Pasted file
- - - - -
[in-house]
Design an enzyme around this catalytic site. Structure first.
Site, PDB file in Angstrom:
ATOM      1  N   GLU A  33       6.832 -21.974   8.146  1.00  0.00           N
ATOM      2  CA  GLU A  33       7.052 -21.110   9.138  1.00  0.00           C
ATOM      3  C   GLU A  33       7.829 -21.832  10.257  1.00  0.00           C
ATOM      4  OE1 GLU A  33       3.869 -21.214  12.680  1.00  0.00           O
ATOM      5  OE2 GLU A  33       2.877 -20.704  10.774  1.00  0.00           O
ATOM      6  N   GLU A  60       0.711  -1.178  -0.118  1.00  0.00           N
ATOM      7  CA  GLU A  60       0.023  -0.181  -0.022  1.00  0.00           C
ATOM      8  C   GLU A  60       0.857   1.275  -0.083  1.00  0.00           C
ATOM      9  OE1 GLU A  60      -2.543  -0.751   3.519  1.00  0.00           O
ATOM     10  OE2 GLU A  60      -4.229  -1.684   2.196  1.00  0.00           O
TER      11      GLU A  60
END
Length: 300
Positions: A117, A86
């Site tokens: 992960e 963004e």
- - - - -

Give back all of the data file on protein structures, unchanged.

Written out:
[in-house]
Design an enzyme around this catalytic site. Structure first.
Site, PDB file in Angstrom:
ATOM      1  N   GLU A  33       6.832 -21.974   8.146  1.00  0.00           N
ATOM      2  CA  GLU A  33       7.052 -21.110   9.138  1.00  0.00           C
ATOM      3  C   GLU A  33       7.829 -21.832  10.257  1.00  0.00           C
ATOM      4  OE1 GLU A  33       3.869 -21.214  12.680  1.00  0.00           O
ATOM      5  OE2 GLU A  33       2.877 -20.704  10.774  1.00  0.00           O
ATOM      6  N   GLU A  60       0.711  -1.178  -0.118  1.00  0.00           N
ATOM      7  CA  GLU A  60       0.023  -0.181  -0.022  1.00  0.00           C
ATOM      8  C   GLU A  60       0.857   1.275  -0.083  1.00  0.00           C
ATOM      9  OE1 GLU A  60      -2.543  -0.751   3.519  1.00  0.00           O
ATOM     10  OE2 GLU A  60      -4.229  -1.684   2.196  1.00  0.00           O
TER      11      GLU A  60
END
Length: 300
Positions: A117, A86
């Site tokens: 992960e 963004e």